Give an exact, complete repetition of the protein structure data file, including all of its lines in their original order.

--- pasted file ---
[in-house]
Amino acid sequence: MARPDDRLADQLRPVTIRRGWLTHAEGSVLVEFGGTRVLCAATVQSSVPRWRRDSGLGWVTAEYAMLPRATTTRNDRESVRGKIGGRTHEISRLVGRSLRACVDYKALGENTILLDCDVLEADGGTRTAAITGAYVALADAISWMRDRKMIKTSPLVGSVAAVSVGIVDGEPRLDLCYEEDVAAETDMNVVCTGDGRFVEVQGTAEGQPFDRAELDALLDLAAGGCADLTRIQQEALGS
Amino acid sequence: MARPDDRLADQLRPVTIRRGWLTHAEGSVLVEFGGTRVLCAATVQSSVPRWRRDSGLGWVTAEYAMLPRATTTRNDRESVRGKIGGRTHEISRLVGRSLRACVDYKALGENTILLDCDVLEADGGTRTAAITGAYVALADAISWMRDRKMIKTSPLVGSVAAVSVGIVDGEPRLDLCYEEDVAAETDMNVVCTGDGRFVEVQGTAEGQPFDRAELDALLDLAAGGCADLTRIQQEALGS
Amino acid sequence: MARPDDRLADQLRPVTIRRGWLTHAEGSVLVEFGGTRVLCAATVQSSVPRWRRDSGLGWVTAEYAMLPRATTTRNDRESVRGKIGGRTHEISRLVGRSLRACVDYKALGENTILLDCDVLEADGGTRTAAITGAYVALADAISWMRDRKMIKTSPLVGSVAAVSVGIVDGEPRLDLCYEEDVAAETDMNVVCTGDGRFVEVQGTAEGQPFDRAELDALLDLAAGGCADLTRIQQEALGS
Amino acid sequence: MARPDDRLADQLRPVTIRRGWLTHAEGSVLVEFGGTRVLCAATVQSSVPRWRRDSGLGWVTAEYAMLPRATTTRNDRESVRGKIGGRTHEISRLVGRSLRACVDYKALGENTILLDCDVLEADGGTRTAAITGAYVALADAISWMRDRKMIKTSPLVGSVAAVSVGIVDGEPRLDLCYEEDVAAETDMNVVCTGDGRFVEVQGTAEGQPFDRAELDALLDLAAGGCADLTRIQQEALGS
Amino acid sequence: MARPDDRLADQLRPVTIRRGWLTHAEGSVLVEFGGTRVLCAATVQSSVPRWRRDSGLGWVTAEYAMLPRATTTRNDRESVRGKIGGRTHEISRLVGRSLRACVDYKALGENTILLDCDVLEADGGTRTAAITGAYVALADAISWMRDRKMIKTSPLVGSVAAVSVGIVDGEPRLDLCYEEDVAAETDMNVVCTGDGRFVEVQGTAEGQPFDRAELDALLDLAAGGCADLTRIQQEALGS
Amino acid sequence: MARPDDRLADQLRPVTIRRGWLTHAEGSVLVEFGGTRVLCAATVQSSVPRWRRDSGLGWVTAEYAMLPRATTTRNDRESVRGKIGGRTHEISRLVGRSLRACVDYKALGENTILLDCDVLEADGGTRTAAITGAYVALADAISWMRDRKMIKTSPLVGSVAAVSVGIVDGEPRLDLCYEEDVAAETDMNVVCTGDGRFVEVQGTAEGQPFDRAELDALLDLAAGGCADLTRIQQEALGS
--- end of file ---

[in-house]
Amino acid sequence: MARPDDRLADQLRPVTIRRGWLTHAEGSVLVEFGGTRVLCAATVQSSVPRWRRDSGLGWVTAEYAMLPRATTTRNDRESVRGKIGGRTHEISRLVGRSLRACVDYKALGENTILLDCDVLEADGGTRTAAITGAYVALADAISWMRDRKMIKTSPLVGSVAAVSVGIVDGEPRLDLCYEEDVAAETDMNVVCTGDGRFVEVQGTAEGQPFDRAELDALLDLAAGGCADLTRIQQEALGS
Amino acid sequence: MARPDDRLADQLRPVTIRRGWLTHAEGSVLVEFGGTRVLCAATVQSSVPRWRRDSGLGWVTAEYAMLPRATTTRNDRESVRGKIGGRTHEISRLVGRSLRACVDYKALGENTILLDCDVLEADGGTRTAAITGAYVALADAISWMRDRKMIKTSPLVGSVAAVSVGIVDGEPRLDLCYEEDVAAETDMNVVCTGDGRFVEVQGTAEGQPFDRAELDALLDLAAGGCADLTRIQQEALGS
Amino acid sequence: MARPDDRLADQLRPVTIRRGWLTHAEGSVLVEFGGTRVLCAATVQSSVPRWRRDSGLGWVTAEYAMLPRATTTRNDRESVRGKIGGRTHEISRLVGRSLRACVDYKALGENTILLDCDVLEADGGTRTAAITGAYVALADAISWMRDRKMIKTSPLVGSVAAVSVGIVDGEPRLDLCYEEDVAAETDMNVVCTGDGRFVEVQGTAEGQPFDRAELDALLDLAAGGCADLTRIQQEALGS
Amino acid sequence: MARPDDRLADQLRPVTIRRGWLTHAEGSVLVEFGGTRVLCAATVQSSVPRWRRDSGLGWVTAEYAMLPRATTTRNDRESVRGKIGGRTHEISRLVGRSLRACVDYKALGENTILLDCDVLEADGGTRTAAITGAYVALADAISWMRDRKMIKTSPLVGSVAAVSVGIVDGEPRLDLCYEEDVAAETDMNVVCTGDGRFVEVQGTAEGQPFDRAELDALLDLAAGGCADLTRIQQEALGS
Amino acid sequence: MARPDDRLADQLRPVTIRRGWLTHAEGSVLVEFGGTRVLCAATVQSSVPRWRRDSGLGWVTAEYAMLPRATTTRNDRESVRGKIGGRTHEISRLVGRSLRACVDYKALGENTILLDCDVLEADGGTRTAAITGAYVALADAISWMRDRKMIKTSPLVGSVAAVSVGIVDGEPRLDLCYEEDVAAETDMNVVCTGDGRFVEVQGTAEGQPFDRAELDALLDLAAGGCADLTRIQQEALGS
Amino acid sequence: MARPDDRLADQLRPVTIRRGWLTHAEGSVLVEFGGTRVLCAATVQSSVPRWRRDSGLGWVTAEYAMLPRATTTRNDRESVRGKIGGRTHEISRLVGRSLRACVDYKALGENTILLDCDVLEADGGTRTAAITGAYVALADAISWMRDRKMIKTSPLVGSVAAVSVGIVDGEPRLDLCYEEDVAAETDMNVVCTGDGRFVEVQGTAEGQPFDRAELDALLDLAAGGCADLTRIQQEALGS